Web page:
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Old 06-02-2014, 09:35 AM
 
Location: Chapel Hill, N.C.
36,434 posts, read 41,620,437 times
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Bought the world's biggest jar of chopped garlic at COSTCO yesterday and I am wanting to freeze it in plastic ice cube trays by putting a teaspoon or two in with chopped fresh herbs. I usually freeze chopped fresh herbs with olive oil but most of my recipes use garlic with herbs. Not even sure if I will need the oilive oil since the garlic is rather moist.(packed in oil?) Anybody see any problem with this?

Will my ice cube trays take on the garlic smell or taste? I usually take the frozen cubes and put them in a container in the freezer so i can just grab one or two as I need them. Thank you.
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Old 06-02-2014, 09:44 AM
 
Location: In a house
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I wouldn't take food from a jar, transfer it to an ice cube tray and freeze it. The minced garlic probably already has a preservative and is intended to be kept for months in the refrigerator.

The only time you'd want to do this with garlic (freeze in ice cube tray) is if you're using FRESH minced garlic. Never jarred.
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Old 06-02-2014, 05:56 PM
 
Location: Paradise Palms, Las Vegas, Nevada
557 posts, read 1,030,716 times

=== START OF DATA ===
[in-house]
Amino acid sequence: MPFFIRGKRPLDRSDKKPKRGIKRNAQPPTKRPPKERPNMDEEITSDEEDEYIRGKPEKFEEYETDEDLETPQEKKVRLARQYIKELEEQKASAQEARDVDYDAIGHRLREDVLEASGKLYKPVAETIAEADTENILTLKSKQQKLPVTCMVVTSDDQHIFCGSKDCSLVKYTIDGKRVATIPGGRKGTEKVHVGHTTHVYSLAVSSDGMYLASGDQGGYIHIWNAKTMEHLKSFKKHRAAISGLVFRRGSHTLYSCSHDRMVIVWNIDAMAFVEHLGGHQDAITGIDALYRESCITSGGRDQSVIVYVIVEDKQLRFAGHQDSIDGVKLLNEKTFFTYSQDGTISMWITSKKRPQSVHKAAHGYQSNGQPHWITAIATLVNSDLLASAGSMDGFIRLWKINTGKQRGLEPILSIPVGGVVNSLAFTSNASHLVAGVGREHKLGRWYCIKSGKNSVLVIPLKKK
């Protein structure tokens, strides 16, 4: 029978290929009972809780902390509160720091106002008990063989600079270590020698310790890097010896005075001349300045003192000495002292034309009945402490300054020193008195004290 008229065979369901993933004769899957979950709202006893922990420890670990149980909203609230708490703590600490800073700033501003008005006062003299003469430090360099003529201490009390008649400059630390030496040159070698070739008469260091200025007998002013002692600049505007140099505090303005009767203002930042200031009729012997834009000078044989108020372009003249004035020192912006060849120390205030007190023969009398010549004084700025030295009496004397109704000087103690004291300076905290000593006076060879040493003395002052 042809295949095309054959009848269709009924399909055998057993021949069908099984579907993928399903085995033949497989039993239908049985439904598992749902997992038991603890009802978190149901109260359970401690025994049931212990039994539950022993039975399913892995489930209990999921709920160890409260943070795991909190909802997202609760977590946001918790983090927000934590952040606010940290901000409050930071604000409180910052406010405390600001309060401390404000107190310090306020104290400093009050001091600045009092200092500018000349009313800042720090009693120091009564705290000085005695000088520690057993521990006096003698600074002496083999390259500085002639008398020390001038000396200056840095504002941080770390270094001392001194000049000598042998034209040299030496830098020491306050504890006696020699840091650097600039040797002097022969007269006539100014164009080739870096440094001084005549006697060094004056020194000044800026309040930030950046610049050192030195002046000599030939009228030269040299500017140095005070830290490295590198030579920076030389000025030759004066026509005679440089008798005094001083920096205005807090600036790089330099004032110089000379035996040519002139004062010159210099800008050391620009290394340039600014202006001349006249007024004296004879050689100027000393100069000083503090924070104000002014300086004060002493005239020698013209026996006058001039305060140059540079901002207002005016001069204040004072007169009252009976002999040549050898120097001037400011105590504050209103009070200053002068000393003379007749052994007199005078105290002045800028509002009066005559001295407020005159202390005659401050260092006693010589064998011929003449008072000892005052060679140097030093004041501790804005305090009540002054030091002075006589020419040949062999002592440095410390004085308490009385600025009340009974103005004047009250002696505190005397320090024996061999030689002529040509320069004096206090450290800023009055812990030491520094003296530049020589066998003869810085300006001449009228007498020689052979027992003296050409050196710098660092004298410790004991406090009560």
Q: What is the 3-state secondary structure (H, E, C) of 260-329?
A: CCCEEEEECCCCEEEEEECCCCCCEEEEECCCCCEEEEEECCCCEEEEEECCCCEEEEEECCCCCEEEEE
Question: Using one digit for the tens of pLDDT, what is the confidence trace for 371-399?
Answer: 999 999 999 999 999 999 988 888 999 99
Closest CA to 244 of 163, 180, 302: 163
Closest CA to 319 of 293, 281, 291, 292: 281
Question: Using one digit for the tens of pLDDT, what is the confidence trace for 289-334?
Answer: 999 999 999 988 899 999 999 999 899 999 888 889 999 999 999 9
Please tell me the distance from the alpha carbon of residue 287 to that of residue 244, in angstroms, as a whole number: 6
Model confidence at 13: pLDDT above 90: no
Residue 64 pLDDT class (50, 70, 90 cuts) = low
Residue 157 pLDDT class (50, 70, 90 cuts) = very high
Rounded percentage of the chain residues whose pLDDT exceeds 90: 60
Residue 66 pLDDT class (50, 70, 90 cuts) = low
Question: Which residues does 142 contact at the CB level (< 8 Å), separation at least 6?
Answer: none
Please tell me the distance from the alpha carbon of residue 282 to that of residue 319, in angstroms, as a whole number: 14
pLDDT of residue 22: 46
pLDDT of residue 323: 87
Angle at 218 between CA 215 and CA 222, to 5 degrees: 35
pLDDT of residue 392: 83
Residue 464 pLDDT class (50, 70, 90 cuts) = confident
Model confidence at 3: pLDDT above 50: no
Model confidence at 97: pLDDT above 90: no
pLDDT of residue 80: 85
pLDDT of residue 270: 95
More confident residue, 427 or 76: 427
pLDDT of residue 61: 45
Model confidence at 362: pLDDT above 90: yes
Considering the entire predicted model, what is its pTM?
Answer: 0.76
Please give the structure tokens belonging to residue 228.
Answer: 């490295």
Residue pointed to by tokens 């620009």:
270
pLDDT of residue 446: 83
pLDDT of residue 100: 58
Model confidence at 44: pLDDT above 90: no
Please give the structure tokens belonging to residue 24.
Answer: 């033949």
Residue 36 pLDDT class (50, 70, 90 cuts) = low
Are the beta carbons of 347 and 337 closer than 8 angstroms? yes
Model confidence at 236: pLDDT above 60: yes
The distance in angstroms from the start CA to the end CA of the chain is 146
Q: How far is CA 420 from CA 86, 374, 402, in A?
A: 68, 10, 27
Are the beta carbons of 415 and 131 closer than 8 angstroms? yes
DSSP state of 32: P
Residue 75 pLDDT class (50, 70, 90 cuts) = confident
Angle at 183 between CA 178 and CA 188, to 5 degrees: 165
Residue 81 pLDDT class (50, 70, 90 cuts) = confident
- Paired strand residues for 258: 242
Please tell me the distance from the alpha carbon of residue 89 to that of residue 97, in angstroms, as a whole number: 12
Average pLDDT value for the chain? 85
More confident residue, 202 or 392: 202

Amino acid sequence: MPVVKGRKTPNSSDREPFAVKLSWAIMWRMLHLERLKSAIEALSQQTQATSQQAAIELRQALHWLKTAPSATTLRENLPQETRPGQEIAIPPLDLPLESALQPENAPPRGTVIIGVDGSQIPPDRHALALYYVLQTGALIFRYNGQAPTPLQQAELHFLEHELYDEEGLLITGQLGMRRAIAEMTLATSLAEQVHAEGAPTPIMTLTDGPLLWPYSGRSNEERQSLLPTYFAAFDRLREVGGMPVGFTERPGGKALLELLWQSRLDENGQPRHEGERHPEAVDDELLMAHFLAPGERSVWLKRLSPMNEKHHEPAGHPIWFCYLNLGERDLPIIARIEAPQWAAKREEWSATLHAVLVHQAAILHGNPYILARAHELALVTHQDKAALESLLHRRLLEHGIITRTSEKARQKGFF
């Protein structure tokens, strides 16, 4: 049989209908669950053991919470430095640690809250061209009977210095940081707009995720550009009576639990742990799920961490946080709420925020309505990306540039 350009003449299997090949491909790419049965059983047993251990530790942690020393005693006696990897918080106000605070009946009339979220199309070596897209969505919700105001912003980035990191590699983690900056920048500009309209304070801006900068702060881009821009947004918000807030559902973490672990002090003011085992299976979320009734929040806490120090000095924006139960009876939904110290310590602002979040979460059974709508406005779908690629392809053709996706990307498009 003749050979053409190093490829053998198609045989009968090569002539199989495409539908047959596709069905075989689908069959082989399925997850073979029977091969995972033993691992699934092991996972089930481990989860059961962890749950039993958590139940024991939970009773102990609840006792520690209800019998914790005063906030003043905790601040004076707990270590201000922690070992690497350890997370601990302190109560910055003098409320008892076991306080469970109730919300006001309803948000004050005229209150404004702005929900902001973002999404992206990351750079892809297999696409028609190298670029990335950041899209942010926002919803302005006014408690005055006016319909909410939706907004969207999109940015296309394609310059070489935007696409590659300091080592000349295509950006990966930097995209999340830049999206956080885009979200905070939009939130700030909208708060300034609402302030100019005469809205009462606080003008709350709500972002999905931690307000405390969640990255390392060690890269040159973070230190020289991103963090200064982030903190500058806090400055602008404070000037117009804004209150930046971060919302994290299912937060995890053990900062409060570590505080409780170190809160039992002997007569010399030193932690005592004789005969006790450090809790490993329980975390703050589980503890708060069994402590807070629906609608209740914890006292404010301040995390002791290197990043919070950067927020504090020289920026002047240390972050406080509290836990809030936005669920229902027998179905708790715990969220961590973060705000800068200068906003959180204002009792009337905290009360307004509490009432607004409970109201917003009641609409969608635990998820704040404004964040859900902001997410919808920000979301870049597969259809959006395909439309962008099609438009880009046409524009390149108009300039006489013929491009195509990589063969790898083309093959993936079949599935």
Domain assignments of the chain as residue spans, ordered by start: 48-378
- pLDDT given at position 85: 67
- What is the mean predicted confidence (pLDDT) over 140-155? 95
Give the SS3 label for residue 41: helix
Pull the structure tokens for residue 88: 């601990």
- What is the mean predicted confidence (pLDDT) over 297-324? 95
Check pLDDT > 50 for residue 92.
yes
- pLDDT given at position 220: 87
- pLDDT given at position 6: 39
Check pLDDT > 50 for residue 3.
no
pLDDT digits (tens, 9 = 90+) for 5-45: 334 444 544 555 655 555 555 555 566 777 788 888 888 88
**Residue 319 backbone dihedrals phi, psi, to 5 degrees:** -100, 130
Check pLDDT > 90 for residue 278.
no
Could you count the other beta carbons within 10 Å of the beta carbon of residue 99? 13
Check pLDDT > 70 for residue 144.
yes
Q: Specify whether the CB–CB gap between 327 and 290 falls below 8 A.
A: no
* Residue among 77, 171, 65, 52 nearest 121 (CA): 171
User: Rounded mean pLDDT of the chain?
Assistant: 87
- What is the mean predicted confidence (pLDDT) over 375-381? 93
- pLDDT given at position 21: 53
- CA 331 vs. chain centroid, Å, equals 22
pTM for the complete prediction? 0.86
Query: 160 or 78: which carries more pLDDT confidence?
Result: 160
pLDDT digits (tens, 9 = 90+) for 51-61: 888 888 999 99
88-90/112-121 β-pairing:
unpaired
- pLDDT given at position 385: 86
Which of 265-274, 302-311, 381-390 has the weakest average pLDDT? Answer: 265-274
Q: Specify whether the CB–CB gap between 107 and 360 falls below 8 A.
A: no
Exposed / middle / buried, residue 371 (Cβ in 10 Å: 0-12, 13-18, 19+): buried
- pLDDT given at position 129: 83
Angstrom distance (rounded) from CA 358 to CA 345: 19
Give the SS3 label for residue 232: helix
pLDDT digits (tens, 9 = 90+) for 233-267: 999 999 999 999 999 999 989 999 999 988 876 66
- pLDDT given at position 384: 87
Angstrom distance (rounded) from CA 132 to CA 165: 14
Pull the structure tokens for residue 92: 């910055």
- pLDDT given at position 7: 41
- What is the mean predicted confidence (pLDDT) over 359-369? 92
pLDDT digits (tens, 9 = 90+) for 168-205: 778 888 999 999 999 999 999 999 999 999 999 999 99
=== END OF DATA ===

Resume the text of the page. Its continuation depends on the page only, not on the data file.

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Quote:
Originally Posted by no kudzu View Post
Bought the world's biggest jar of chopped garlic at COSTCO yesterday and I am wanting to freeze it in plastic ice cube trays by putting a teaspoon or two in with chopped fresh herbs. I usually freeze chopped fresh herbs with olive oil but most of my recipes use garlic with herbs. Not even sure if I will need the oilive oil since the garlic is rather moist.(packed in oil?) Anybody see any problem with this?

Will my ice cube trays take on the garlic smell or taste? I usually take the frozen cubes and put them in a container in the freezer so i can just grab one or two as I need them. Thank you.

I've never frozen garlic before, but I know the gigantic jar of chopped garlic from Costco you're talking about. I should think your ice cube trays might take on the odor of the garlic permanently. Maybe try going to a local dollar store and buying some cheap one ice cube trays to freeze the garlic, rather than take a chance and ruin your good ones? I've seen freeze dried garlic, minced freeze dried garlic, and garlic that is powdered and granulated. Never seen frozen garlic before

While it's so convenient to have that giant jar of garlic in the fridge, I've thrown enough of it away from non-use to make me not buy it any more. I've noticed that if you have it too long, the garlic takes on a rancid taste and smell.

I use garlic in almost everything, but I guess I don't use enough of it and can never go through the whole jar from Costco in time before that rancid type thing starts happening.

Now, I HAVE chopped a lot of garlic {if I know I'll be cooking in large quantities soon}, and I've placed the chopped fresh garlic in a little bowl with olive oil and a tight fitting lid or plastic wrap in the fridge, but I use it all up within a couple of days.

Let us know if you decide to try this method, will be interesting.
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Old 06-02-2014, 06:04 PM
 
Location: Chapel Hill, N.C.
36,434 posts, read 41,620,437 times